Who are the owners of a nonprofit? Some might say the owners are the members of the organization since they have the voting control. Others might say the organization has no owners since it is a nonprofit corporation. Still others could say that it is owned by everyone since it exists for a public benefit. Which answer is correct? It is important for a board to understand to whom it is accountable.
There is likely a fairly simple legal answer to the question of ownership but the more interesting question for a board to wrestle with is who thinks they have an ownership stake in the organization? These groups or individuals are called the moral owners are there are several views on how to identify them. John Carver defines owners as “the group on whose behalf the board governs” (Boards That Make a Difference, Pg 376) and he includes clients, students, patients, staff, taxpayers, donors, neighbours, citizens, peers and suppliers on his list of potential moral owners. Carver recommends that boards differentiate between stakeholders, moral owners (who are a subset of the stakeholders) and beneficiaries to better understand and define their responsibilities to the various groups. He states that the “test for ownership is not with whom the board makes a deal but whom the board has no moral right not to recognize” (ibid, Pg 188).
Jim Brown describes moral owners in the context of purpose-centered ownership. This would be “the group of people fully aligned with the whole purpose of the organization – or on whose behalf the organization was created” (The Imperfect Board Member, Pg 124). In conversation with Brown recently he emphasized the importance of boards understanding the difference between donors who are customers (transactional) and donors who are moral owners (faithful supporters who are fully aligned with the vision and mission).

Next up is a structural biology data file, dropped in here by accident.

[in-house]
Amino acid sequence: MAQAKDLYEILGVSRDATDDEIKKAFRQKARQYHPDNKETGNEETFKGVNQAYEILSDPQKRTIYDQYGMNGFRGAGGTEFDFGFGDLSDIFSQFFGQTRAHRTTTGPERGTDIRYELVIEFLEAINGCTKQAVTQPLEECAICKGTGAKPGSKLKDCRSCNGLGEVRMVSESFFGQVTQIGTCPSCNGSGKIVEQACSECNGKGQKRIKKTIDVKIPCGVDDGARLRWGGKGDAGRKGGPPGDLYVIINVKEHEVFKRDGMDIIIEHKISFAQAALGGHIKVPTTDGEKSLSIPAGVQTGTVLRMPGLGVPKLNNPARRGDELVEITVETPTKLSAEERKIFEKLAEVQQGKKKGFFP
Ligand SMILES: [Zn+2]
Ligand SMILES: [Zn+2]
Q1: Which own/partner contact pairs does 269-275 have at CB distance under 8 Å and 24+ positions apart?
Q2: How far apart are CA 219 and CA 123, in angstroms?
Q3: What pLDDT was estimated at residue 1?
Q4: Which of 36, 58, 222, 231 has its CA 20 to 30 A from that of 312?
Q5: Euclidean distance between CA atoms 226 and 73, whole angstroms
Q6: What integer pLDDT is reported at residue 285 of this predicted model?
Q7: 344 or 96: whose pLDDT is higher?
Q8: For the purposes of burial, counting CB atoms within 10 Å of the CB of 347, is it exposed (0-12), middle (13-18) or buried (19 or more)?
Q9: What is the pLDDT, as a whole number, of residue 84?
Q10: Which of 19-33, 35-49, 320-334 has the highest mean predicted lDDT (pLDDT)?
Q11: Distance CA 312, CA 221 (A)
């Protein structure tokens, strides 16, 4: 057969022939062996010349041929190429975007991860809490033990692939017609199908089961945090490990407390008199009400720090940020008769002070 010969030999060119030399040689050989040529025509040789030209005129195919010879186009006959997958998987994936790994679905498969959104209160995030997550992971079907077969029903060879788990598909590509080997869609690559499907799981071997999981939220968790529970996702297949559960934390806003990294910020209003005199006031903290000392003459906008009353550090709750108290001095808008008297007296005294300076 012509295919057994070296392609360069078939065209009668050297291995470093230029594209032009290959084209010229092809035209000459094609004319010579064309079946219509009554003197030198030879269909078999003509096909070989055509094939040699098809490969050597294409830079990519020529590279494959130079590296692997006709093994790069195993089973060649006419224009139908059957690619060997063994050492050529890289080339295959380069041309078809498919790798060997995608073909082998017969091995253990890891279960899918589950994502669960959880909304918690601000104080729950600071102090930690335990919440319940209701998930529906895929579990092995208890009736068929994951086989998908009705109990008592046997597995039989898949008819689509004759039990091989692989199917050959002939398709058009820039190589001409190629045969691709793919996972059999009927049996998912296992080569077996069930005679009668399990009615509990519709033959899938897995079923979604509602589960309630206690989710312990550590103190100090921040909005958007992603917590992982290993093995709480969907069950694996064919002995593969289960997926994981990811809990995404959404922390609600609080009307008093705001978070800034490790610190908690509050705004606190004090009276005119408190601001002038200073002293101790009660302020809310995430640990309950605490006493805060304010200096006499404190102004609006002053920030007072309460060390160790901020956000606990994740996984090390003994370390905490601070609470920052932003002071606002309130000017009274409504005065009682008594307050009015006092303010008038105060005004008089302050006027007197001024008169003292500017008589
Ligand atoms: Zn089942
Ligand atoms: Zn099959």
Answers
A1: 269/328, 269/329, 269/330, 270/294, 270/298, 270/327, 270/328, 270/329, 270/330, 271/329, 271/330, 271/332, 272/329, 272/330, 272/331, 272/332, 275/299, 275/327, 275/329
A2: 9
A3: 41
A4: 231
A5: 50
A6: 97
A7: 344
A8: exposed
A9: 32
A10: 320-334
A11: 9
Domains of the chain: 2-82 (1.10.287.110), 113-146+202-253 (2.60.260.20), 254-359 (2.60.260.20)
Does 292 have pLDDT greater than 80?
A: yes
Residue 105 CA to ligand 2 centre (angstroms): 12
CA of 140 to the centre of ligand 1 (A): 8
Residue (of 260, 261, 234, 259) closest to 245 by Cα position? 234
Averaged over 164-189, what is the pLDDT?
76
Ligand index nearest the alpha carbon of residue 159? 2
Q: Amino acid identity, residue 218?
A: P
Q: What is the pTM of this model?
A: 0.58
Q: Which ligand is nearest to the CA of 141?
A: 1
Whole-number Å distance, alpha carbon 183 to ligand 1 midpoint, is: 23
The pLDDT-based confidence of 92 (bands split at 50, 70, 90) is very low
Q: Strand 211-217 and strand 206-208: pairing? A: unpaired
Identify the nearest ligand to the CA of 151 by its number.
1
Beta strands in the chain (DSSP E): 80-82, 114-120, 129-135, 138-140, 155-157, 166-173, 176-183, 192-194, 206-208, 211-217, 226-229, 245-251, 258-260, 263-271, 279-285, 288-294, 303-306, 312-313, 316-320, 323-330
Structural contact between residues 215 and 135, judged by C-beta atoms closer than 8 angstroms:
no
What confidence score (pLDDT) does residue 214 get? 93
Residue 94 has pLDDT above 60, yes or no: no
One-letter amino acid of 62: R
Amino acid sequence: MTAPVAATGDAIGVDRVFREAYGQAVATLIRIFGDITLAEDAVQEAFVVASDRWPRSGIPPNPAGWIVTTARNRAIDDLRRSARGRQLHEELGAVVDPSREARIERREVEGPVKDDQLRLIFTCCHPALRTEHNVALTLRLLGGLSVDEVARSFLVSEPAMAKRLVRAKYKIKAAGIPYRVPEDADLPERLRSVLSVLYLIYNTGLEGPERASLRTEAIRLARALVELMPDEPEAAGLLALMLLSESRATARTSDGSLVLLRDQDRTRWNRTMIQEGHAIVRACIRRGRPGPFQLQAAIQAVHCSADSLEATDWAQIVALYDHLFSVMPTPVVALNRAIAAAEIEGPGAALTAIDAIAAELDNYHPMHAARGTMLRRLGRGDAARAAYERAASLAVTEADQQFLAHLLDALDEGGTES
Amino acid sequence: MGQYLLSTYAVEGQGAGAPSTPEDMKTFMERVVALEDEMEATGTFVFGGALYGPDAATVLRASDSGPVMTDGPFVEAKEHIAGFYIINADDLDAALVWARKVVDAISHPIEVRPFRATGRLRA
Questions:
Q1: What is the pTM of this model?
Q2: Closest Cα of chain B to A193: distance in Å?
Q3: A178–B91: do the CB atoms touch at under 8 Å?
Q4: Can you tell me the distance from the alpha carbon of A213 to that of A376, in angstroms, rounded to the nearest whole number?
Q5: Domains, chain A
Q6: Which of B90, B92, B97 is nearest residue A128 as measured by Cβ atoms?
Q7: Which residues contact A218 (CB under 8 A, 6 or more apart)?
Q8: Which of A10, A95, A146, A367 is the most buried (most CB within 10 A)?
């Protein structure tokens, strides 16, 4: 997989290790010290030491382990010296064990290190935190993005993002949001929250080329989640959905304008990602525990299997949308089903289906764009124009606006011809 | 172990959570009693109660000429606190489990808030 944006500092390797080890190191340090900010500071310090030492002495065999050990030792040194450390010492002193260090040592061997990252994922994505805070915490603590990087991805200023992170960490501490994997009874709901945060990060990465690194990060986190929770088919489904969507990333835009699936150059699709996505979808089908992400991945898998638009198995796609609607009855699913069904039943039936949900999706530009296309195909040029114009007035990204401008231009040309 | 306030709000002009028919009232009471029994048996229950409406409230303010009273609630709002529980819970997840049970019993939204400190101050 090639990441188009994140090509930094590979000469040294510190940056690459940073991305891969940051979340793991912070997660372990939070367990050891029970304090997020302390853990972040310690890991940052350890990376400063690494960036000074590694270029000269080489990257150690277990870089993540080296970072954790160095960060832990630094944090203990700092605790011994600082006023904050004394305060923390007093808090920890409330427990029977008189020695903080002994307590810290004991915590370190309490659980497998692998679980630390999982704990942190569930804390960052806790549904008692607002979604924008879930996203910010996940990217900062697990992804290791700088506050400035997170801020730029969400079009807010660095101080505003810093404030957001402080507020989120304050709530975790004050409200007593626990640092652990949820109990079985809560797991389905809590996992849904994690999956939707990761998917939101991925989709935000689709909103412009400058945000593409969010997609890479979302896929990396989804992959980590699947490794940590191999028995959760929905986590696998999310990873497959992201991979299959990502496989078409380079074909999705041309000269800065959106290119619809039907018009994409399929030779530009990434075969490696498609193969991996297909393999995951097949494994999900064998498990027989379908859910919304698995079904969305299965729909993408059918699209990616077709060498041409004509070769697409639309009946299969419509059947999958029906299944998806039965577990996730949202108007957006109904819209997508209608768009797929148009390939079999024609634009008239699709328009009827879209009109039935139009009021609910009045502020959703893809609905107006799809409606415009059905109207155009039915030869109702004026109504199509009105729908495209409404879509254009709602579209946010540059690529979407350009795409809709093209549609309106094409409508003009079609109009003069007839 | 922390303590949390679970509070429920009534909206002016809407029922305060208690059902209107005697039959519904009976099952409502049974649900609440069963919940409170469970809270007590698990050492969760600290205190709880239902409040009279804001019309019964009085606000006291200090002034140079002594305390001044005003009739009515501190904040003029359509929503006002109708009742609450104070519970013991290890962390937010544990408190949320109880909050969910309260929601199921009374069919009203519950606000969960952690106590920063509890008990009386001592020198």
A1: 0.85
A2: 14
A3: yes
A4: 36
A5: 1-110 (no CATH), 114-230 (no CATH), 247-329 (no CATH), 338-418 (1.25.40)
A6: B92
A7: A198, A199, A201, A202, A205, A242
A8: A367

Both these governance experts would agree that a board needs to carefully identify their moral ownership so they can consult with this group when making or approving any significant changes to the organization. A case in point is St Joseph’s Healthcare which learned the concept of ownership the hard way last week. The organization chose to remove the cross from their logo and faced the ire of major donors and over 3000 people who signed a petition after the new logo was revealed. Some might say a logo change is an operational issue but when the change speaks to the historic mission and values of the organization, it quickly becomes a strategic board issue. The decisions about the logo were made by a group of physicians, management and board representatives which seems well represented however it is clear from the media reports that donors and patients also saw themselves as having an ownership stake.
The reason for carefully identifying moral owners is to help the board stay focused on the vision, mission and core values. A board can be swayed from its vision and mission by groups such as transactional donors and beneficiaries if it mistakes them for moral owners. Transactional donors may ask the organization to compromise on its mission or values in order for the donor to achieve their objectives. The temptation to follow donor money can be very strong. Beneficiaries, on the other hand, can have a multitude of needs and pull the organization away from its original purpose.
Board members have a difficult task of discernment. They must know and understand the organization’s founding vision and mission, assess the current environment, take potentially widely diverse opinions into account and then decide on the future direction. Understanding to whom the board is accountable is an important part of the process.